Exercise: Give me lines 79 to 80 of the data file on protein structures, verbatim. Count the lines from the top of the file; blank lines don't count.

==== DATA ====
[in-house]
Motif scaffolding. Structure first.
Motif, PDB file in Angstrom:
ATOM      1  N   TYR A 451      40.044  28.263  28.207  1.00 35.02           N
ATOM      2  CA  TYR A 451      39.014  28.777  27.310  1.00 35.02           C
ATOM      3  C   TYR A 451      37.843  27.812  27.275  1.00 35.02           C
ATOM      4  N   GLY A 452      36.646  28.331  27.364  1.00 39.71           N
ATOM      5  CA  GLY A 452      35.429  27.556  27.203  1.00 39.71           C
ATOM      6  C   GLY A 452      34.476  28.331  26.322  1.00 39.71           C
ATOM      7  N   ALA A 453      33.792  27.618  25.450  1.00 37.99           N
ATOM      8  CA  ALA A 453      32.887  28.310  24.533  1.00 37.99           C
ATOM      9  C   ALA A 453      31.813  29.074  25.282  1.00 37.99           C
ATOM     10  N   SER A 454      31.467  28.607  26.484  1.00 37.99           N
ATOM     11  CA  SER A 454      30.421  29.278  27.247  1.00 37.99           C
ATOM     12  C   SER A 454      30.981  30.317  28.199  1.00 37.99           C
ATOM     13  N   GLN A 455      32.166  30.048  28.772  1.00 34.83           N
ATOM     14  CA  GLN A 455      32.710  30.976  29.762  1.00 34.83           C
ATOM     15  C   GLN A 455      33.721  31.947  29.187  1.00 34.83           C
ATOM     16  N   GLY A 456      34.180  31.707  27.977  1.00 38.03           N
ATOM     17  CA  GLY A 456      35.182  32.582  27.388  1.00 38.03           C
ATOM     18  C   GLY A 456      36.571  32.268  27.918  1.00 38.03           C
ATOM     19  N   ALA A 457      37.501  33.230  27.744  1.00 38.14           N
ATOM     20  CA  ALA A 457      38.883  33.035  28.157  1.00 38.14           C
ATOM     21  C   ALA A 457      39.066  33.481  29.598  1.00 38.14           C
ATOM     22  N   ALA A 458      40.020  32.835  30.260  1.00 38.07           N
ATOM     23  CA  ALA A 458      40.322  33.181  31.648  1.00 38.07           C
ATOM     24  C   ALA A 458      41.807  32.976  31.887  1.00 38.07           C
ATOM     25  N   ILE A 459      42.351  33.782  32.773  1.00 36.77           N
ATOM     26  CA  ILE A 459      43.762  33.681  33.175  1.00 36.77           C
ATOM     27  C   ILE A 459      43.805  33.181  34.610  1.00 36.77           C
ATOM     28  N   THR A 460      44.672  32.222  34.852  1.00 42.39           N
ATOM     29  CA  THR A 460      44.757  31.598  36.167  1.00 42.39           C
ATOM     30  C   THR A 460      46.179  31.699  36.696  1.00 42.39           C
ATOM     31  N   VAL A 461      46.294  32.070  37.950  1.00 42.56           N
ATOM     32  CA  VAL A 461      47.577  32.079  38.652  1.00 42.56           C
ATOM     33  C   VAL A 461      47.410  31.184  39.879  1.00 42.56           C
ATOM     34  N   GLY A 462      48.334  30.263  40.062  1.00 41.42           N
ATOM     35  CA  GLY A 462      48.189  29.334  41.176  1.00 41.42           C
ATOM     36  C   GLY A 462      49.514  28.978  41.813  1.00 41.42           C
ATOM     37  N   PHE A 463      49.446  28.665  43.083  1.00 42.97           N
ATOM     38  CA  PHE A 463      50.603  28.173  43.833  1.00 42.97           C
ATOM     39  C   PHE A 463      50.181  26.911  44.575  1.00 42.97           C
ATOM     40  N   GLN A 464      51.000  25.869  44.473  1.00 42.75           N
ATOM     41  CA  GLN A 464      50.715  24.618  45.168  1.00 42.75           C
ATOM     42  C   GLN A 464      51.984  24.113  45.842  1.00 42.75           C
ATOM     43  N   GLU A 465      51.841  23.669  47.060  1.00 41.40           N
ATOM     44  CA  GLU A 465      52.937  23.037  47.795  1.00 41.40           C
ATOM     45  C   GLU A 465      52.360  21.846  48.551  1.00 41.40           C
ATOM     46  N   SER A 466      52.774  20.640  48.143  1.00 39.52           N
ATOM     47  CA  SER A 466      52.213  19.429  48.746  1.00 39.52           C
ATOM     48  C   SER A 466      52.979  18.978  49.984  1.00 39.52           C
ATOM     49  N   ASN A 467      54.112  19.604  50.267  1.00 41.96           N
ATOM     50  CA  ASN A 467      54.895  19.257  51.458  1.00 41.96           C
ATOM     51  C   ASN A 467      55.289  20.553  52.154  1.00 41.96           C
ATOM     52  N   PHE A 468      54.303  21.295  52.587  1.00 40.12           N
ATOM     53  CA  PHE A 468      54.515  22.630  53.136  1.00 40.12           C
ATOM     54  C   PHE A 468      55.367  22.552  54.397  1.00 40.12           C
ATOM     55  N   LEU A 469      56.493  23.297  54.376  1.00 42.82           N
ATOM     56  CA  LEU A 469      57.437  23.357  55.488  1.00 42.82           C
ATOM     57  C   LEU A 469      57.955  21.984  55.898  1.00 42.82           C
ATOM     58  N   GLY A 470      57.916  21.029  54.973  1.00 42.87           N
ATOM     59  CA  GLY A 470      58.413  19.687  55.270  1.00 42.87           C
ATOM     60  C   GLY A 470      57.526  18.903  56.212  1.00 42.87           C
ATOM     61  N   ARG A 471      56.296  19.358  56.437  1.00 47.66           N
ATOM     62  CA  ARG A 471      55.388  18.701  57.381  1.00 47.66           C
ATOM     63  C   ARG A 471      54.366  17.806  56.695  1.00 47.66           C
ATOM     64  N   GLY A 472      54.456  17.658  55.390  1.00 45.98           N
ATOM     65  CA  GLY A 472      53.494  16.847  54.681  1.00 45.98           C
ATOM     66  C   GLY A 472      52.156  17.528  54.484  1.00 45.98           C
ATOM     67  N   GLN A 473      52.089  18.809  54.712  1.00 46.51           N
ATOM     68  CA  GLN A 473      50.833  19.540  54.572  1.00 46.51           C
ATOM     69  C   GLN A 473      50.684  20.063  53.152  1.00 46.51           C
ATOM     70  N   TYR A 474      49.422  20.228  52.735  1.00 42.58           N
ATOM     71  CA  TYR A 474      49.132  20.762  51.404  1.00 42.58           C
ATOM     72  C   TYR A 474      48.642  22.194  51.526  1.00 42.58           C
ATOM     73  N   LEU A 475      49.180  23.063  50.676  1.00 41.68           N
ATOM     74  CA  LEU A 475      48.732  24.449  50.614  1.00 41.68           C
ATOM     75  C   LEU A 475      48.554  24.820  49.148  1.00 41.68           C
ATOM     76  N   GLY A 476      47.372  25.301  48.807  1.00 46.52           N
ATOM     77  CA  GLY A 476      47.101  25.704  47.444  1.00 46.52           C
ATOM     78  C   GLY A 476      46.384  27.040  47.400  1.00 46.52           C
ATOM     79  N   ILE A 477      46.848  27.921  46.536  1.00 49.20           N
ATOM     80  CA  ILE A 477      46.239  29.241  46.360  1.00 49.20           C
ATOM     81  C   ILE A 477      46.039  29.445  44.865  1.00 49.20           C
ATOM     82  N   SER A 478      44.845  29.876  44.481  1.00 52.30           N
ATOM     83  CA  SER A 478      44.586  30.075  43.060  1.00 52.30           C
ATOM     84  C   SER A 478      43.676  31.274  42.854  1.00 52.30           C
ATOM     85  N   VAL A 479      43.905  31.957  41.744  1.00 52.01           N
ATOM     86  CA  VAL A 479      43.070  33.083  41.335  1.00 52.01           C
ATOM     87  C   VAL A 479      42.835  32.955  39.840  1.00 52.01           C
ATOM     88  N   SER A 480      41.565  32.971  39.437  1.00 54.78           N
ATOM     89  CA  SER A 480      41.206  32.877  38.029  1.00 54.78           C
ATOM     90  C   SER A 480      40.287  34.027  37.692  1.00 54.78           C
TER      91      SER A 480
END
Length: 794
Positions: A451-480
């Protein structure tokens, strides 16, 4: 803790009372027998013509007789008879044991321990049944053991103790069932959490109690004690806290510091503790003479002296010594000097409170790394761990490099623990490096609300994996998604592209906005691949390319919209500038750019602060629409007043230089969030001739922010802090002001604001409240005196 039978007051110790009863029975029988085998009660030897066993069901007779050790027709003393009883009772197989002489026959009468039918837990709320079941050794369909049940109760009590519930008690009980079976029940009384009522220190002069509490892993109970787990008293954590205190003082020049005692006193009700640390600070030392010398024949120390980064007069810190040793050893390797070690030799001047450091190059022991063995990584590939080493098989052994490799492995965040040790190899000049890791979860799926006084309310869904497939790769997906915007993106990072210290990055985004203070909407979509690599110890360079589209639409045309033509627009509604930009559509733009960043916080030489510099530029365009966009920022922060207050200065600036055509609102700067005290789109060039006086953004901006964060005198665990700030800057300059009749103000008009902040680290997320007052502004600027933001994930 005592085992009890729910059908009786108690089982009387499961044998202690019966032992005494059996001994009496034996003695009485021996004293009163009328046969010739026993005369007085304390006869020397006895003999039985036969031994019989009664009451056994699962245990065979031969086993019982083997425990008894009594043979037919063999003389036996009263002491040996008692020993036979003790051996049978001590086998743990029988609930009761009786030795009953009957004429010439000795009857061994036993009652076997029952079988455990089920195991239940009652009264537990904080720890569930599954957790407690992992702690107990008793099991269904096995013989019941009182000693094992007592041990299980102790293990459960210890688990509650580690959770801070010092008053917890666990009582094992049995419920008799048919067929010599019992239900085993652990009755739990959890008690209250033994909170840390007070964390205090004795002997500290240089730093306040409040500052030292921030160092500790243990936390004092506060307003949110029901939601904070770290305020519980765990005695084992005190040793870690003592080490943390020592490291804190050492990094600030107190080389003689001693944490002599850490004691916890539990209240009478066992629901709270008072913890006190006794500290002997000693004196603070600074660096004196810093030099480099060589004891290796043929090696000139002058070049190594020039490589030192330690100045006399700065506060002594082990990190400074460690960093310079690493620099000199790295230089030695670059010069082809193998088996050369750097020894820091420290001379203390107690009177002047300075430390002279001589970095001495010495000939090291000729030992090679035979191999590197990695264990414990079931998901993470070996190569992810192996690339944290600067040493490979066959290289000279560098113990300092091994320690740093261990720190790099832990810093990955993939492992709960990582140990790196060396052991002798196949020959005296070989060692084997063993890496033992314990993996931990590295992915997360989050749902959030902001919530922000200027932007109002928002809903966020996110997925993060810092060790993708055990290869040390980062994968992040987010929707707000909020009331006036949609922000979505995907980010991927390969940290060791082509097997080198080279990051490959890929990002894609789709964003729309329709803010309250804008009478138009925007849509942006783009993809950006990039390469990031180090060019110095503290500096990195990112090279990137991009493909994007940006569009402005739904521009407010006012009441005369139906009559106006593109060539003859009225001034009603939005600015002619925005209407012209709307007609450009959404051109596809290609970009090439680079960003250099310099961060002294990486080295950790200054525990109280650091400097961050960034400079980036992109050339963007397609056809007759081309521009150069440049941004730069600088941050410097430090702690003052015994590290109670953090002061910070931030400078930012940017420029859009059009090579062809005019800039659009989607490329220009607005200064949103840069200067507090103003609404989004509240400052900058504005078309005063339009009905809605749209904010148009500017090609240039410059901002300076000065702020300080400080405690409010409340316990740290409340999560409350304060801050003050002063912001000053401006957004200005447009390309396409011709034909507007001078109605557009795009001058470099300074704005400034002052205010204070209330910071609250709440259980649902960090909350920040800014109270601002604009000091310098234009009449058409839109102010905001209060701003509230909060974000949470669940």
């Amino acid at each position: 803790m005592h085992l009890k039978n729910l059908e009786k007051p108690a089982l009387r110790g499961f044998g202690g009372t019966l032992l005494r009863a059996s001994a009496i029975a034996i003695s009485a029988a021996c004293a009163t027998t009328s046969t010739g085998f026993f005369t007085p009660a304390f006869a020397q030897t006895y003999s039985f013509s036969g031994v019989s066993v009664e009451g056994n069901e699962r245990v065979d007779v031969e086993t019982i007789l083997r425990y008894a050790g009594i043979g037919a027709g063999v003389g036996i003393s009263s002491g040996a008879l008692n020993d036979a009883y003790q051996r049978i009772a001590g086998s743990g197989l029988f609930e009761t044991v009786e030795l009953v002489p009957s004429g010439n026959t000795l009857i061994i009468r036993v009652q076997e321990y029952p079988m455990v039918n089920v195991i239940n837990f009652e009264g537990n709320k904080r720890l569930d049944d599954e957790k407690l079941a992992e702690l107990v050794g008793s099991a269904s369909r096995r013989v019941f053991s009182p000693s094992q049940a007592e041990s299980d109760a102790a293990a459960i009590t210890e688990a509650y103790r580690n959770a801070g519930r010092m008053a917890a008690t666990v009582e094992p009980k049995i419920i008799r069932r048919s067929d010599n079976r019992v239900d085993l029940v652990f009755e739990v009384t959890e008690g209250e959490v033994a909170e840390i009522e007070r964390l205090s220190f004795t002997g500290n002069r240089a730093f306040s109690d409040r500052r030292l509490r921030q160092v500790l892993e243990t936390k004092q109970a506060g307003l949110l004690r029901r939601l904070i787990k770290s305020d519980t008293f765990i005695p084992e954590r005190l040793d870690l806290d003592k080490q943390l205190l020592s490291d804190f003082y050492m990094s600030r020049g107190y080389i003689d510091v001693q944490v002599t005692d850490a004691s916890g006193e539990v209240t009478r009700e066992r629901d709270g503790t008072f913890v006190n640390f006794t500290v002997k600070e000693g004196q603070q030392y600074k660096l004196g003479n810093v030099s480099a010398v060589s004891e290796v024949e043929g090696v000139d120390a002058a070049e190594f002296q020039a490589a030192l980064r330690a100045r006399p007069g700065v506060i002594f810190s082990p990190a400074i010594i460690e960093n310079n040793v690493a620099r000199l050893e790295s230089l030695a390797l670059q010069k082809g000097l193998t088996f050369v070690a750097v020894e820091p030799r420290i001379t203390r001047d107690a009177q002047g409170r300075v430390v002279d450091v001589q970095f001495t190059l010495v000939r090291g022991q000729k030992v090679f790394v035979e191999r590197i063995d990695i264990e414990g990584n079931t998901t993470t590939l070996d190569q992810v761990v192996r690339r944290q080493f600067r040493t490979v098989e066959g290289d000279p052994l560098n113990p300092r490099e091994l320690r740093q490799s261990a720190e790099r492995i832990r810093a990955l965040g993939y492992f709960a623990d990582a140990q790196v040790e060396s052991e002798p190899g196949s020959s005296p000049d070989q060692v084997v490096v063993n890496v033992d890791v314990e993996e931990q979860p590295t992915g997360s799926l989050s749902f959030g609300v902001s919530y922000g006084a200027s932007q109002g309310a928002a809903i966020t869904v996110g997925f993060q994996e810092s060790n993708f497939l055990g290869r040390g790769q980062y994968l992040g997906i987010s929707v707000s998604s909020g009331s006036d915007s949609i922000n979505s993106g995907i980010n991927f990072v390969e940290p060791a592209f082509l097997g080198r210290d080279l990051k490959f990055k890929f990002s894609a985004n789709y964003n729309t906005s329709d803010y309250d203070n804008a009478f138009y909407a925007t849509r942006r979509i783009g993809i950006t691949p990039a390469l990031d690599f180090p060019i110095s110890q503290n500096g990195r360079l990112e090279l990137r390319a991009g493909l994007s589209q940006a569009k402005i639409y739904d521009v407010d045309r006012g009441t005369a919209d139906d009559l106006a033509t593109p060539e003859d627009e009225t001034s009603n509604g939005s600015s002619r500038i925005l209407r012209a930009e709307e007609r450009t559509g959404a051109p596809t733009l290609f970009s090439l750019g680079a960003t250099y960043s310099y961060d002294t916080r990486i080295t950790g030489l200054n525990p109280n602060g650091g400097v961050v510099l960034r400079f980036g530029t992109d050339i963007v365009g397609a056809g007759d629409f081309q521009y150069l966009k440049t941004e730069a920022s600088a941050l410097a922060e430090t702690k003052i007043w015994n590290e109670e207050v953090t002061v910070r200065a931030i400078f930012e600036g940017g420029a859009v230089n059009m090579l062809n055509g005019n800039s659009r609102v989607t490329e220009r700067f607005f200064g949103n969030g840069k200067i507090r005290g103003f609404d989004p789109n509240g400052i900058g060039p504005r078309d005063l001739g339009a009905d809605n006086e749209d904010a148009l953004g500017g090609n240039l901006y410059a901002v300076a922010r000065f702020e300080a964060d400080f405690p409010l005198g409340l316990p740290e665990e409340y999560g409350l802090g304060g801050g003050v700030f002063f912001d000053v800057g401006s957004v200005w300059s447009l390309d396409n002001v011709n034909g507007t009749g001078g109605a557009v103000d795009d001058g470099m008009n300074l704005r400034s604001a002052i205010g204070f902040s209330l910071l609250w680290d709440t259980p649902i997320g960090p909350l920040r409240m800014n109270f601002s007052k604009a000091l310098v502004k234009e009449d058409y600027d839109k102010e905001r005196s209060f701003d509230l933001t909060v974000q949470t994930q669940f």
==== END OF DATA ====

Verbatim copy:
ATOM     76  N   GLY A 476      47.372  25.301  48.807  1.00 46.52           N
ATOM     77  CA  GLY A 476      47.101  25.704  47.444  1.00 46.52           C